Moving the Barricades

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“To me, art is an adventure into an unknown world, which can be explored only by those willing to take the risk.”  Mark Rothko (from SusieGadea.com)

Capturing what is in the heart and splattering it all over canvas or paper is what artists do.  Facing what others say about that heart is what happens with every work of art placed into the public arena.  The risk of acceptance or rejection of what’s in the heart, what comes from a place that in most other people is only rarely exposed, is the daily life of an artist.  Some are more able to handle the daily unveiling than others.

For many artists, facing the big “F” word is a major challenge.  Fear!  And with fear comes the tag, “of failure.”  These two big “F” words pack a major punch.  What if no one likes my art?  What if no one wants my art?  Why am I risking my heart if no one wants to see what’s in there?  Maybe its better to just keep it hidden.  That’s the safe thing to do.  Keep it all inside.  Don’t let it out to play.  That way it can’t get hurt.  It stays safe, tucked away deep inside where the outside world can’t get to it.

In her blog, “I paint, I write” Pamela Hodges says, “The little girl wants an A on her paper.  A shiny star on top of the math page for not getting any problems wrong.”  That little girl or boy is inside the heart of us all.  We go into protection mode to shield the child from hurt.  So we erect the barriers.  For people whose life work does not require the continual heart exposure this is no problem.  For the artist, it can be a daily problem.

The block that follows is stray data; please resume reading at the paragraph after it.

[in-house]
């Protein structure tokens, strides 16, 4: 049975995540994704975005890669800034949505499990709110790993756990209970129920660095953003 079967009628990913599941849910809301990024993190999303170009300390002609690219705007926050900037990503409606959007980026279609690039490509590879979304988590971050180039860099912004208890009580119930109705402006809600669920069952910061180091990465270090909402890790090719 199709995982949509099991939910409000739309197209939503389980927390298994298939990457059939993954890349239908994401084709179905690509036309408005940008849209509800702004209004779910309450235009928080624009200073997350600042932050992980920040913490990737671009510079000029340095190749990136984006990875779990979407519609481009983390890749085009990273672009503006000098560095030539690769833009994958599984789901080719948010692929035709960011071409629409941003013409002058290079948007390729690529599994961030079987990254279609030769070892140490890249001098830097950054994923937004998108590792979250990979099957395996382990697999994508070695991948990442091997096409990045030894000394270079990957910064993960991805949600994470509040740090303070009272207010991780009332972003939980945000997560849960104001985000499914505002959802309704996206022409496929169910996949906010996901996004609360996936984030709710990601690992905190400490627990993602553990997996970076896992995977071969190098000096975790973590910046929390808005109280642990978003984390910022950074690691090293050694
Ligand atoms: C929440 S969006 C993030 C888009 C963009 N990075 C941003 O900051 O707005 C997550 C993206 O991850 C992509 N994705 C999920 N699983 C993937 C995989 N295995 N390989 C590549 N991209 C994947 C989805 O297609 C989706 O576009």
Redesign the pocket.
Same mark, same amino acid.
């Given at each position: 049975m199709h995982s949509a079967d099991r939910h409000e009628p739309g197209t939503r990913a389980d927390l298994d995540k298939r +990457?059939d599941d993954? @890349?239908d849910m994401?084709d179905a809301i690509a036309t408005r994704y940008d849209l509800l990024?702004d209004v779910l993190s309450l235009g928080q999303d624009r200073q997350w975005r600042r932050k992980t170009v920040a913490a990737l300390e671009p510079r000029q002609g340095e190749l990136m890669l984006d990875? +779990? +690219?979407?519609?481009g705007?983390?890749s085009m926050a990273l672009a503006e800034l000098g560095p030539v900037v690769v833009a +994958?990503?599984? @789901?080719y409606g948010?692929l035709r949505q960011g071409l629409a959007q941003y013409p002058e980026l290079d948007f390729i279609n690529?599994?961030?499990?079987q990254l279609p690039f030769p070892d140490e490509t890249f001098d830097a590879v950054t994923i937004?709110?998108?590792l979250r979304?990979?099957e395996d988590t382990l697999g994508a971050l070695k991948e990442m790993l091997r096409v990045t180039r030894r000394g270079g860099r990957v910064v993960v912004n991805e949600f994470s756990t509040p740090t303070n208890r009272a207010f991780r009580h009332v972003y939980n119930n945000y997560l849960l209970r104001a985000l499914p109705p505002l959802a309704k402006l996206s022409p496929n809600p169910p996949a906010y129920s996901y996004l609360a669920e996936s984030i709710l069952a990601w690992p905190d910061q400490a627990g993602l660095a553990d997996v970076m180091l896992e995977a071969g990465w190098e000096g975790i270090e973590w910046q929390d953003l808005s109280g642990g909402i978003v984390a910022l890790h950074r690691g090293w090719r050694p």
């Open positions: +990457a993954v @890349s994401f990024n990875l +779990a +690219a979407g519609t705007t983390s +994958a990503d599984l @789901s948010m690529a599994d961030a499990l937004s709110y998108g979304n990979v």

Dr. Bob Tobin, in his blog, states, “artists show the courage that many of us could only begin to imagine.”  This daily pumping out of what’s inside is a courageous undertaking.  Pamela Hodges states, “Creating takes courage.  Courage to stand out and be seen.  Courage to risk failure, and to risk success.”  To do less is to give in to the big “F” word.  Do we allow that to happen?

No!  The courage to conquer the big “F” comes from the same source as the art.  Courage comes from the heart.  As the art is allowed to flow from the heart, so must the courage.  To open to one, is to open to the other.  Like the Cowardly Lion in the Wizard of Oz, it was there all the time.  It just has to be acknowledged and out it comes.  All the Lion lacked was a medal, an award of courage.  Go to the studio and make a medal.  You’ve earned it!  Then stand aside and allow the courage to flow along with the art as you allow the heart to come out from behind the safety barricades, and step into the sun.

5 thoughts on “Moving the Barricades

  1. What you’re saying is interesting because when I was creating conventional art, I was very uncertain how people would react or whether they’d like it so I pretty much hid it away. I have always loved surreal art, never been into landscapes and still life at all. But now I’ve discovered I can create digital and surreal art, it’s as if I’ve opened a flood to the gates of creativity within me and I really don’t mind if people don’t like what I create. My husband likes conventional art and can’t understand my art so we agree to differ but I think it does me good because it makes me realise everyone has different tastes. I love what I’m creating and no longer really bother if people don’t like it because it feeds my own heart and soul and it’s what I need to function as I’m ,meant to function – if that makes sense. I have been so much happier since I discovered, by accident, digital and surreal art.

  2. Pingback: The Question Of Character And Courage | We dream of things that never were and say: "Why not?"

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